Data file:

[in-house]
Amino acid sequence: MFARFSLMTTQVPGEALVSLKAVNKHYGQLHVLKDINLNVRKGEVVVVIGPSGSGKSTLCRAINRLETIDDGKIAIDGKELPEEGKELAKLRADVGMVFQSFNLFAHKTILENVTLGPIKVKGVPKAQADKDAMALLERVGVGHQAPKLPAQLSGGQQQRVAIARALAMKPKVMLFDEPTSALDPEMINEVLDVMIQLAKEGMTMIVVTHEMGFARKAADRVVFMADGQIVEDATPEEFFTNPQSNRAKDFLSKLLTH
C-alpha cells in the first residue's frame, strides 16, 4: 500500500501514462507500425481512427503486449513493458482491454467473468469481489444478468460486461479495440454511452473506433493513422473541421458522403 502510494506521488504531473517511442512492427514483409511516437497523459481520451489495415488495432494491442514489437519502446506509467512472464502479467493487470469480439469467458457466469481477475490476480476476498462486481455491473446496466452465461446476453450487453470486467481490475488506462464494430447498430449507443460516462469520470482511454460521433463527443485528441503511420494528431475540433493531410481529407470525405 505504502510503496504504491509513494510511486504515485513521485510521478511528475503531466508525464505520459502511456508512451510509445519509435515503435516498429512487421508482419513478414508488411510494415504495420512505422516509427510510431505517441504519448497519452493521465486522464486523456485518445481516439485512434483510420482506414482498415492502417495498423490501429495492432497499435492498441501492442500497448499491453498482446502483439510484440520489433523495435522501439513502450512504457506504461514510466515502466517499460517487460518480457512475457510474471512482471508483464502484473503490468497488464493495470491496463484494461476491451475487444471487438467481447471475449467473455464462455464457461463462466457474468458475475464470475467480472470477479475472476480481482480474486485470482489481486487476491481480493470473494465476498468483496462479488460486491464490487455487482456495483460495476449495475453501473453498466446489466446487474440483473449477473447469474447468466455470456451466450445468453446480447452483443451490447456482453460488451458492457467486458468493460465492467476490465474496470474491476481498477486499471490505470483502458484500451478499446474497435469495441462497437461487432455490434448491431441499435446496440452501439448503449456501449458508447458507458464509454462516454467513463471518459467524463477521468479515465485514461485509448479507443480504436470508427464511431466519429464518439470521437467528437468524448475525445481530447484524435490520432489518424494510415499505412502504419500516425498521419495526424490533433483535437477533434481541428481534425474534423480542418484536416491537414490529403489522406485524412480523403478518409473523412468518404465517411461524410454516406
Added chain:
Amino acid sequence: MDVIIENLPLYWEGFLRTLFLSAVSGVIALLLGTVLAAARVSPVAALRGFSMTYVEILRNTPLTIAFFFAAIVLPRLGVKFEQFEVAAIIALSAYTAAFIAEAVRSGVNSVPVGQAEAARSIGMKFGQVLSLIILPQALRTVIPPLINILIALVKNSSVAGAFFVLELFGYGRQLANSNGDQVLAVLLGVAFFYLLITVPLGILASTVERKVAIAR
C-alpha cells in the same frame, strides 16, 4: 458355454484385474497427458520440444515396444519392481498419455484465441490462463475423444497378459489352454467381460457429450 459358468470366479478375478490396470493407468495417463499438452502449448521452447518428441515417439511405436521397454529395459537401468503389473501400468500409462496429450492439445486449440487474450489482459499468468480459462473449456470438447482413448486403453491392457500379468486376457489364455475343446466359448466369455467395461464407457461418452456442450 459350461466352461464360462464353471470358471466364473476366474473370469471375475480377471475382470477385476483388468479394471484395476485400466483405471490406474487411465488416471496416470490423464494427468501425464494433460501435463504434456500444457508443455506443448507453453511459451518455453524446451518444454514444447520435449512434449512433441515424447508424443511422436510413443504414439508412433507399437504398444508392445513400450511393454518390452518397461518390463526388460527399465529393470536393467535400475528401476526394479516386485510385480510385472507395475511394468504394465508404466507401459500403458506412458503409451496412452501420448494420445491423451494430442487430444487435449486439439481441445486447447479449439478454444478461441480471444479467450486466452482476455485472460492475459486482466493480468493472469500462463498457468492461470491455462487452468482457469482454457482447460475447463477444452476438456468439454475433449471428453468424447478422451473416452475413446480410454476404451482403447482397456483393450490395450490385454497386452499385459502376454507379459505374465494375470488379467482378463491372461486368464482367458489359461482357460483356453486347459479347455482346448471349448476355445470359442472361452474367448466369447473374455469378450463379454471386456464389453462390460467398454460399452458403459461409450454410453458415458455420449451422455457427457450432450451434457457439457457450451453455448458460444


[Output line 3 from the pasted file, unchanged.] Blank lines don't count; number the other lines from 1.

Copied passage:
C-alpha cells in the first residue's frame, strides 16, 4: 500500500501514462507500425481512427503486449513493458482491454467473468469481489444478468460486461479495440454511452473506433493513422473541421458522403 502510494506521488504531473517511442512492427514483409511516437497523459481520451489495415488495432494491442514489437519502446506509467512472464502479467493487470469480439469467458457466469481477475490476480476476498462486481455491473446496466452465461446476453450487453470486467481490475488506462464494430447498430449507443460516462469520470482511454460521433463527443485528441503511420494528431475540433493531410481529407470525405 505504502510503496504504491509513494510511486504515485513521485510521478511528475503531466508525464505520459502511456508512451510509445519509435515503435516498429512487421508482419513478414508488411510494415504495420512505422516509427510510431505517441504519448497519452493521465486522464486523456485518445481516439485512434483510420482506414482498415492502417495498423490501429495492432497499435492498441501492442500497448499491453498482446502483439510484440520489433523495435522501439513502450512504457506504461514510466515502466517499460517487460518480457512475457510474471512482471508483464502484473503490468497488464493495470491496463484494461476491451475487444471487438467481447471475449467473455464462455464457461463462466457474468458475475464470475467480472470477479475472476480481482480474486485470482489481486487476491481480493470473494465476498468483496462479488460486491464490487455487482456495483460495476449495475453501473453498466446489466446487474440483473449477473447469474447468466455470456451466450445468453446480447452483443451490447456482453460488451458492457467486458468493460465492467476490465474496470474491476481498477486499471490505470483502458484500451478499446474497435469495441462497437461487432455490434448491431441499435446496440452501439448503449456501449458508447458507458464509454462516454467513463471518459467524463477521468479515465485514461485509448479507443480504436470508427464511431466519429464518439470521437467528437468524448475525445481530447484524435490520432489518424494510415499505412502504419500516425498521419495526424490533433483535437477533434481541428481534425474534423480542418484536416491537414490529403489522406485524412480523403478518409473523412468518404465517411461524410454516406